What does it mean "to submit to the judgment of the council, classis, or synod?"

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Synod just sent the revision to the Form of Subscription back for further review.  So, we are still using the current form.

I have been reading and re-reading the form recently in an attempt to understand one part:

 

"We are prepared moreover to submit to the judgment of the council, classis, or synod, realizing that the consequence of refusal to do so is suspension from office."
 
What does it mean to submit to the judgement of synod?  I know that it doesn't mean that office-beareres have to agree with synod on everything.  But, it does seem to preclude certain methods of expressing disagreement.  An example of a proper method of disagreement might be taking the issue to classis.  An example of an improper method of disagreement might be writing a blog post online explicitly critical of a decision of synod.
 
Am I reading that correctly?  Or, is submission to the judgement of synod only applicable to matters of dogma?  (In which case, it might be acceptable to criticize synod publically on a matter unrelated to the confessions)
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Sorry about the formatting.  It looked fine as I was writing it and now I don't know how to edit it.

That last chunk of writing was actually supposed to be several paragraphs.  I'm not sure how that happened...

Participant

The context of "submitting to the judgment" of the assemblies is the person's coming to the assemblies with an expression of disagreement with the CREEDS or CONFESSIONS and doubts whether he or she can fully assent to a part thereof.  The Form of Subscription then says that after a judgment is made, presumably upon appeal by synod, the person must "submit to the judgment" of synod or face suspension from office or, if there is no change of heart, deposition.

We have always held that nobody may disagree with or criticize Scripture.  It is possible to disagree with the creeds or confessions -- they are human documents -- but the individual must agree that the creeds belong to the church as a whole and that we are bound to uphold the doctrine contained therein.  It is even more possible to disagree with or criticize a synodical decision.  We must respect synodical decisions, and we may certainly appeal from them or ask a following synod to reconsider and revise a matter, but such decisions are not at the same level as the creeds and confessions.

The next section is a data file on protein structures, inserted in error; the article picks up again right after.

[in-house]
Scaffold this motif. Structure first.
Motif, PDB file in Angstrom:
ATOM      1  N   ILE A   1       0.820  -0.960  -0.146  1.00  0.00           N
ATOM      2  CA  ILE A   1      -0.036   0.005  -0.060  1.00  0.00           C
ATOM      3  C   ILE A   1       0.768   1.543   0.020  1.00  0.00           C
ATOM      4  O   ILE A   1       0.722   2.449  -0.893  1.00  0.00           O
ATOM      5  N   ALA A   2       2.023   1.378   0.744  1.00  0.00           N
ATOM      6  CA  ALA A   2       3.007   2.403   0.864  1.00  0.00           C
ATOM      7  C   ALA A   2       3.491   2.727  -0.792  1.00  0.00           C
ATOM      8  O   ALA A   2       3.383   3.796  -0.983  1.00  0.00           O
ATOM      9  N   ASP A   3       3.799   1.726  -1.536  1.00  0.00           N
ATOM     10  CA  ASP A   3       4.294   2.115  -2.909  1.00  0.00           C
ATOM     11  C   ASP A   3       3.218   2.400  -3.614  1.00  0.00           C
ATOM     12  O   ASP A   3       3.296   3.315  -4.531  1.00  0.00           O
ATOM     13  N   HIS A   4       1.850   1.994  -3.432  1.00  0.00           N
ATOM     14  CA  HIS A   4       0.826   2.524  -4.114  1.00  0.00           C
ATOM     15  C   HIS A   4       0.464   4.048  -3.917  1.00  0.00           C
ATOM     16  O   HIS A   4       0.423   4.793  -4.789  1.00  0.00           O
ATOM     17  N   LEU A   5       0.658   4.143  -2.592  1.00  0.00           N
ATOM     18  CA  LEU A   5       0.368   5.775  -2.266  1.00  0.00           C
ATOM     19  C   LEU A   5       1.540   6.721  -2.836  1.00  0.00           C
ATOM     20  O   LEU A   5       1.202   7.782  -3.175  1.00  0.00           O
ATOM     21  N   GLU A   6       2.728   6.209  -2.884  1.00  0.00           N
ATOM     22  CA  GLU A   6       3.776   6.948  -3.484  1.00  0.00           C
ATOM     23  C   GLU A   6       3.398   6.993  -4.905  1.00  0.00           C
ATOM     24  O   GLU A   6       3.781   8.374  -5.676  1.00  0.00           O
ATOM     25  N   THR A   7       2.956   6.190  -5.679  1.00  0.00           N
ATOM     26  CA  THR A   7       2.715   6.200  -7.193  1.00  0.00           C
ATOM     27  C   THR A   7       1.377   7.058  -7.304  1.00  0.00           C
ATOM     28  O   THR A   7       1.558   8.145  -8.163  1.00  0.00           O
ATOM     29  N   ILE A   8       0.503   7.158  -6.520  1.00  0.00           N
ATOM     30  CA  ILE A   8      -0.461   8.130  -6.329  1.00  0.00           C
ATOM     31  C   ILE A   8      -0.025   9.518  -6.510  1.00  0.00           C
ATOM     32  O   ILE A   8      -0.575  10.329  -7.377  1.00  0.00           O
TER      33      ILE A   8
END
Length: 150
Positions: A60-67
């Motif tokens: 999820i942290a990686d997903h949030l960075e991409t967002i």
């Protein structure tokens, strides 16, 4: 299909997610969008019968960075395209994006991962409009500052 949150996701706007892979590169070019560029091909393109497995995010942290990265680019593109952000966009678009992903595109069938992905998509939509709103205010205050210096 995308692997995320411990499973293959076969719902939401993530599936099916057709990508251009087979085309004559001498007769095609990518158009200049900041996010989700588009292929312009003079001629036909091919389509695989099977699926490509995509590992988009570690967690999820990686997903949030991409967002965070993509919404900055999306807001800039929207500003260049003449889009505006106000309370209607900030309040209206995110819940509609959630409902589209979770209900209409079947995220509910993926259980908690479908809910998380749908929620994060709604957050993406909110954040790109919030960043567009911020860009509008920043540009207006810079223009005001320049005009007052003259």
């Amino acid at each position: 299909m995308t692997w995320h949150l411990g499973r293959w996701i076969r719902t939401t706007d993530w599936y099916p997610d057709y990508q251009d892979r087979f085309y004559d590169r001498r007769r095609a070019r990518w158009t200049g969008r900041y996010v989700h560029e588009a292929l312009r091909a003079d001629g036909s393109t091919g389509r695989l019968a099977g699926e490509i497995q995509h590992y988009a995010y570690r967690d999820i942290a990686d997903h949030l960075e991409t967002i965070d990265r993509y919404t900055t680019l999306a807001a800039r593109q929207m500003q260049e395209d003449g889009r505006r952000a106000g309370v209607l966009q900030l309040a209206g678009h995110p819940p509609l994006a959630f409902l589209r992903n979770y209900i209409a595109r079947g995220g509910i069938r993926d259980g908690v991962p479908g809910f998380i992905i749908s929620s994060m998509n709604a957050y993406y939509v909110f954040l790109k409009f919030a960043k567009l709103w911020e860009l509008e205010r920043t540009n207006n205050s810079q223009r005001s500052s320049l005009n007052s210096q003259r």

I understood your post, Micah :)

Thanks for brining this up. The method of our disagreement says a lot about who we are and whether we love each other - through speaking the truth in love and in submission to the authorities God has placed over us. Blog posts are a dangerous trap for us all.

Are blog posts a dangerous trap?   I would suggest that they are not as dangerous a trap as an individual preacher or teacher making certain statements or pushing positions in an individual church or council meeting or college classroom.  At least blog posts can be accessed by more people and can be addressed by people not under the local influence.   They will tend to achieve a much broader perspective and response, which hopefully will provide illumination about the path of truth that God wants us to follow.